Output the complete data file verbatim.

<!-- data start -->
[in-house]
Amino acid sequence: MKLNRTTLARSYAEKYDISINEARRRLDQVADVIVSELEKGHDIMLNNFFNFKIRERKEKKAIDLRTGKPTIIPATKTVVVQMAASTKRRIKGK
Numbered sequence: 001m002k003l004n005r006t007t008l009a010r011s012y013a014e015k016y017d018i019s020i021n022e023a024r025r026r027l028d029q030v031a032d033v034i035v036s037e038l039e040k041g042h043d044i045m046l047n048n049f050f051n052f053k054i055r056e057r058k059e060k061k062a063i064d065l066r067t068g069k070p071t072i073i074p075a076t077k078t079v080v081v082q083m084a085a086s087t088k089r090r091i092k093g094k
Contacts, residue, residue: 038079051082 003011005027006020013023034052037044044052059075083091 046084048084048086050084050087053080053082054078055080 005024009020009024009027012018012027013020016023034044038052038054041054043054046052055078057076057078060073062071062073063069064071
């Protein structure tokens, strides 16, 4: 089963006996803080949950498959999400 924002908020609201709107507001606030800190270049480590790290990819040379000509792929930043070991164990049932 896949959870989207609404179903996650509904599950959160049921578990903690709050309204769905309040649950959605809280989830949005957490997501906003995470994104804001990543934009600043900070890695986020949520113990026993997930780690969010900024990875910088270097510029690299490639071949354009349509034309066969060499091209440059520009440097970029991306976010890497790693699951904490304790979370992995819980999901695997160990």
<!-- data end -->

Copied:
[in-house]
Amino acid sequence: MKLNRTTLARSYAEKYDISINEARRRLDQVADVIVSELEKGHDIMLNNFFNFKIRERKEKKAIDLRTGKPTIIPATKTVVVQMAASTKRRIKGK
Numbered sequence: 001m002k003l004n005r006t007t008l009a010r011s012y013a014e015k016y017d018i019s020i021n022e023a024r025r026r027l028d029q030v031a032d033v034i035v036s037e038l039e040k041g042h043d044i045m046l047n048n049f050f051n052f053k054i055r056e057r058k059e060k061k062a063i064d065l066r067t068g069k070p071t072i073i074p075a076t077k078t079v080v081v082q083m084a085a086s087t088k089r090r091i092k093g094k
Contacts, residue, residue: 038079051082 003011005027006020013023034052037044044052059075083091 046084048084048086050084050087053080053082054078055080 005024009020009024009027012018012027013020016023034044038052038054041054043054046052055078057076057078060073062071062073063069064071
């Protein structure tokens, strides 16, 4: 089963006996803080949950498959999400 924002908020609201709107507001606030800190270049480590790290990819040379000509792929930043070991164990049932 896949959870989207609404179903996650509904599950959160049921578990903690709050309204769905309040649950959605809280989830949005957490997501906003995470994104804001990543934009600043900070890695986020949520113990026993997930780690969010900024990875910088270097510029690299490639071949354009349509034309066969060499091209440059520009440097970029991306976010890497790693699951904490304790979370992995819980999901695997160990």